Overproduction of topoisomerase II in an ataxia telangiectasia fibroblast cell line: comparison with a topoisomerase II-overproducing hamster cell mutant.
Davies SM., Harris AL., Hickson ID.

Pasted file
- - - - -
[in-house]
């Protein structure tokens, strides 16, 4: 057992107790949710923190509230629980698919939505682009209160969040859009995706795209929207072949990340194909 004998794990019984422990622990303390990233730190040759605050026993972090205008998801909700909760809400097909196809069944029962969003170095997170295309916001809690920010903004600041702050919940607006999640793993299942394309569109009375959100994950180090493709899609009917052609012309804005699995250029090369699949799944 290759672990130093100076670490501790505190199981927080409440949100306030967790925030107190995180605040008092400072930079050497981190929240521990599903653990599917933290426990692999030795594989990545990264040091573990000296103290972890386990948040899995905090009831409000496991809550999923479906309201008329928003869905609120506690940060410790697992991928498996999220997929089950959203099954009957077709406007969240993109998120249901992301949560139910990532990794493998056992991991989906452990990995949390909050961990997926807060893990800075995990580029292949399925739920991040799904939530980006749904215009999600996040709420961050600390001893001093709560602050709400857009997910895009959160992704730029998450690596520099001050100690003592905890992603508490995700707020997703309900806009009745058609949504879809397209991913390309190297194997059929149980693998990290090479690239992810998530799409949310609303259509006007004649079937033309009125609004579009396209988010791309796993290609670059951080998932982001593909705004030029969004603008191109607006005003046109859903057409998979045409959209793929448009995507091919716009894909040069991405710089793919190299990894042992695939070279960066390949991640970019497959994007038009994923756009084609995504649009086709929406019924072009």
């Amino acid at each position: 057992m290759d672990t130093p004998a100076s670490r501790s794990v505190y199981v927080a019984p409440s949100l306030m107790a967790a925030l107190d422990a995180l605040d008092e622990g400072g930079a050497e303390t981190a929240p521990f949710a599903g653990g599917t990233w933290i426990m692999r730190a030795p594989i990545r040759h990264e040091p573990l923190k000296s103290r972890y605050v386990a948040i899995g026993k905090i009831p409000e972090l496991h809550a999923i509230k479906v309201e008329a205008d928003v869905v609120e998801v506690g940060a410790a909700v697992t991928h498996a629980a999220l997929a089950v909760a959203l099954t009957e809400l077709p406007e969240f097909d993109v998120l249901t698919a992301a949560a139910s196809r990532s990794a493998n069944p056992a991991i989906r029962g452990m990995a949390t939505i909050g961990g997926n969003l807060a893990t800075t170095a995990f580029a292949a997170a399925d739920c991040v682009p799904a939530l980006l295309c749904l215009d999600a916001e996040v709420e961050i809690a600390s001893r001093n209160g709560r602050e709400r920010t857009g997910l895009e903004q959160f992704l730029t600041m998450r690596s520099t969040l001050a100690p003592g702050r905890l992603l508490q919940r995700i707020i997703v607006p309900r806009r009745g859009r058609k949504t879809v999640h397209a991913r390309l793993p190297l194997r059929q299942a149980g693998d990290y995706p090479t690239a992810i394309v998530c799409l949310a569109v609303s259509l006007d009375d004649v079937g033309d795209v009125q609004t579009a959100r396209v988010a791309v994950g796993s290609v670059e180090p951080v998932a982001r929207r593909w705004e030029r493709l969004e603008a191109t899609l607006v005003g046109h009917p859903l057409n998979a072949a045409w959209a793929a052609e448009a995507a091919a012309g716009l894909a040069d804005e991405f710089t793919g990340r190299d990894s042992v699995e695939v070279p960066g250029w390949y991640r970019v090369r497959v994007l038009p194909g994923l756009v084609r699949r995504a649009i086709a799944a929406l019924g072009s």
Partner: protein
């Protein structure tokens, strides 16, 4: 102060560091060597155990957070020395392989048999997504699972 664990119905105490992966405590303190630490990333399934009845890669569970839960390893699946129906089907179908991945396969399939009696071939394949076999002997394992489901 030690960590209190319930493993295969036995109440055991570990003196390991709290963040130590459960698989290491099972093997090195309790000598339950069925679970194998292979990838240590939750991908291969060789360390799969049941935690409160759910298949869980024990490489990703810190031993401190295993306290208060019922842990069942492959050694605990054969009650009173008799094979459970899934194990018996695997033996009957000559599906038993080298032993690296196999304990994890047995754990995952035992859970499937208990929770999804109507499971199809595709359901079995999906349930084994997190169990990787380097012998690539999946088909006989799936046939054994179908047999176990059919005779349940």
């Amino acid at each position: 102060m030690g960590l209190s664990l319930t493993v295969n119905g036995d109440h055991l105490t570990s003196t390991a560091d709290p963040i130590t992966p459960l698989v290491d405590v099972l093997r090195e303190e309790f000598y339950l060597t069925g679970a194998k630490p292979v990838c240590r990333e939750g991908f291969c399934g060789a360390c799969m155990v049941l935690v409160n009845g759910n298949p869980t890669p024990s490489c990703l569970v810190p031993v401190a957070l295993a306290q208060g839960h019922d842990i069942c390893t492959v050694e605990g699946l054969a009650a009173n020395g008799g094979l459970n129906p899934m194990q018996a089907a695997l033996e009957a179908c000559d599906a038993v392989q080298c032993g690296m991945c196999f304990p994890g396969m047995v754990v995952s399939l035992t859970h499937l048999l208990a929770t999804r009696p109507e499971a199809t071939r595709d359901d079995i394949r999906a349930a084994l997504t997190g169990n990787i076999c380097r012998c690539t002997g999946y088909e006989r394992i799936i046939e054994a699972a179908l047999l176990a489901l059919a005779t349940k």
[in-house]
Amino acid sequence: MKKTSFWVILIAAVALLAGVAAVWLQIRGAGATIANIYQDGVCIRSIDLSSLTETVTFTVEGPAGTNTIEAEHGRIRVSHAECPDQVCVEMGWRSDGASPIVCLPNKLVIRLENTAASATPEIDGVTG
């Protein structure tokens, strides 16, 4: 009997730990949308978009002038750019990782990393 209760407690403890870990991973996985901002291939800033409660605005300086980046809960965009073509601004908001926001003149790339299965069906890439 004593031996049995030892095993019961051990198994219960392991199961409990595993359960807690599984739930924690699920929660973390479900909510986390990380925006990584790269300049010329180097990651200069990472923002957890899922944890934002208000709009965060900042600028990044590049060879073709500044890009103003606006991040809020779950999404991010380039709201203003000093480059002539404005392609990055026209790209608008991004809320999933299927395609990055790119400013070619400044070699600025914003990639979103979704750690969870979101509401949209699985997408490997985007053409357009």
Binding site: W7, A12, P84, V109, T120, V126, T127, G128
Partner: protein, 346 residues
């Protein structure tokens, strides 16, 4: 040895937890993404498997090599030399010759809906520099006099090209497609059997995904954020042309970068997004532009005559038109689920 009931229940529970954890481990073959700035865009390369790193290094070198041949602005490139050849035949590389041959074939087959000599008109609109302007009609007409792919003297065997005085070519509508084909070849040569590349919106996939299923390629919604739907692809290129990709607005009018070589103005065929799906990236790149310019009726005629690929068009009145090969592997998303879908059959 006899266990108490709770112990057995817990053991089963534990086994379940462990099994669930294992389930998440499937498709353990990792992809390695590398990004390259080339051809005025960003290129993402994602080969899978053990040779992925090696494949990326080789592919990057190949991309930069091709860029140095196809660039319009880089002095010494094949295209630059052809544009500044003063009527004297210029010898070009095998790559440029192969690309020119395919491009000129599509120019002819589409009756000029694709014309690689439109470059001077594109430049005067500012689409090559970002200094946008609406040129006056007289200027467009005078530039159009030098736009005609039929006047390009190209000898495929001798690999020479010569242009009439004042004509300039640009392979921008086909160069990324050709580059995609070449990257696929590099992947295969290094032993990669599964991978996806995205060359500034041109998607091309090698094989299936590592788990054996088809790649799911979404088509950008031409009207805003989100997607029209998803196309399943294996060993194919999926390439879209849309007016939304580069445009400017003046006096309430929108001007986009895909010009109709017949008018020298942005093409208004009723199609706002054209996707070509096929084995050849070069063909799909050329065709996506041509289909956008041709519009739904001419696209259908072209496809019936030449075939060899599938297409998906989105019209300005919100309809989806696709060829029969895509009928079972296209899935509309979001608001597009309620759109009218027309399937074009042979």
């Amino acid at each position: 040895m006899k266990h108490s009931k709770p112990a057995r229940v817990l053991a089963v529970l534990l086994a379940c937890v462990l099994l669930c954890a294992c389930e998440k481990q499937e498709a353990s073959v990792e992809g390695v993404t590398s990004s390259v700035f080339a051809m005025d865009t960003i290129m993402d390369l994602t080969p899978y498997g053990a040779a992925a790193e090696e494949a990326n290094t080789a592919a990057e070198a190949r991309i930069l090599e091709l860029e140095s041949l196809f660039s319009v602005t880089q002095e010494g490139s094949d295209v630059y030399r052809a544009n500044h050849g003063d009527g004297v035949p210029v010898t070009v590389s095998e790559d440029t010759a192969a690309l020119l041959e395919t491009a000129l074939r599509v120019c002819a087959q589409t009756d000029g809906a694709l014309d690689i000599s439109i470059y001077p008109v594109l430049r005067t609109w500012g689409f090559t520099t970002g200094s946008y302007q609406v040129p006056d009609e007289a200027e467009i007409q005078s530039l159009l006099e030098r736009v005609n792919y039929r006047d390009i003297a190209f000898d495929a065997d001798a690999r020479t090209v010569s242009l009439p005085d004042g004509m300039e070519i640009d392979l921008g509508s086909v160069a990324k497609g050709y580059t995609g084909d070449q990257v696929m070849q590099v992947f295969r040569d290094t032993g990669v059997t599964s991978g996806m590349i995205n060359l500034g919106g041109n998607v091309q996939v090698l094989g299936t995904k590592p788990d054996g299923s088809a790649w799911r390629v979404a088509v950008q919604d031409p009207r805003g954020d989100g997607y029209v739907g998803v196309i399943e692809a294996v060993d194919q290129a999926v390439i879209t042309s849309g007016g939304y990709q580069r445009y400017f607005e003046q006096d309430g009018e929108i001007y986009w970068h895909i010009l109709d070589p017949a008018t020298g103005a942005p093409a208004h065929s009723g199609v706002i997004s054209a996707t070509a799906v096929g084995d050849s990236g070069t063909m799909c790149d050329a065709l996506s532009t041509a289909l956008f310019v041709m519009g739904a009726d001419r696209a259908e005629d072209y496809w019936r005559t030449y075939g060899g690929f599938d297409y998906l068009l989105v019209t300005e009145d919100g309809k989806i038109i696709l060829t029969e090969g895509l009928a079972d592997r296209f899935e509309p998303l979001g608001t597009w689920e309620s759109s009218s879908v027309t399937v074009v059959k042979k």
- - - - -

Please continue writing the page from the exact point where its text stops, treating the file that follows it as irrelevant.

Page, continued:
Ataxia telangiectasia (AT) cell lines are characterised by their hypersensitivity to ionizing radiation and bleomycin, and their failure to inhibit DNA synthesis after DNA damage. A recent report [Singh et al. (1988) Nucl. Acids Res. 16, 3919-3929] indicated that a reduction in topoisomerase II (topo II) activity was a feature of AT lymphoblast cell lines. We have studied the possible role of DNA topoisomerases in determining the phenotype of an AT fibroblast cell line. AT5BIVA cells are sensitive to the topo II inhibitors etoposide (VP16) and amsacrine (m-AMSA), compared to normal human fibroblasts (MRC5-V1 and VA13). AT5BIVA cells express a 3-fold higher level of topo II protein than MRC5-V1 cells, and 6-fold higher than VA13. This is reflected in elevated topo II activity in AT5BIVA cells. Untransformed AT5BI cells also show elevated topo II activity compared to untransformed normal cells. The extent of overproduction of topo II in AT5BIVA cells is comparable with that seen in a mutant Chinese hamster cell line, ADR-1, which is similarly hypersensitive to both bleomycin and topo II inhibitors. However, ADR-1 cells show neither hypersensitivity to ionizing radiation nor abnormal inhibition of DNA synthesis following DNA damage. Topo II overproduction per se does not appear sufficient to generate an "AT-like" phenotype. AT5BIVA cells express a reduced level of topoisomerase I (topo I) and are hypersensitive to the topo I inhibitor, camptothecin. ADR-1 cells express a normal level of topo I, indicating that a reduction in the level of topo I is not the inevitable consequence of an elevation in topo II.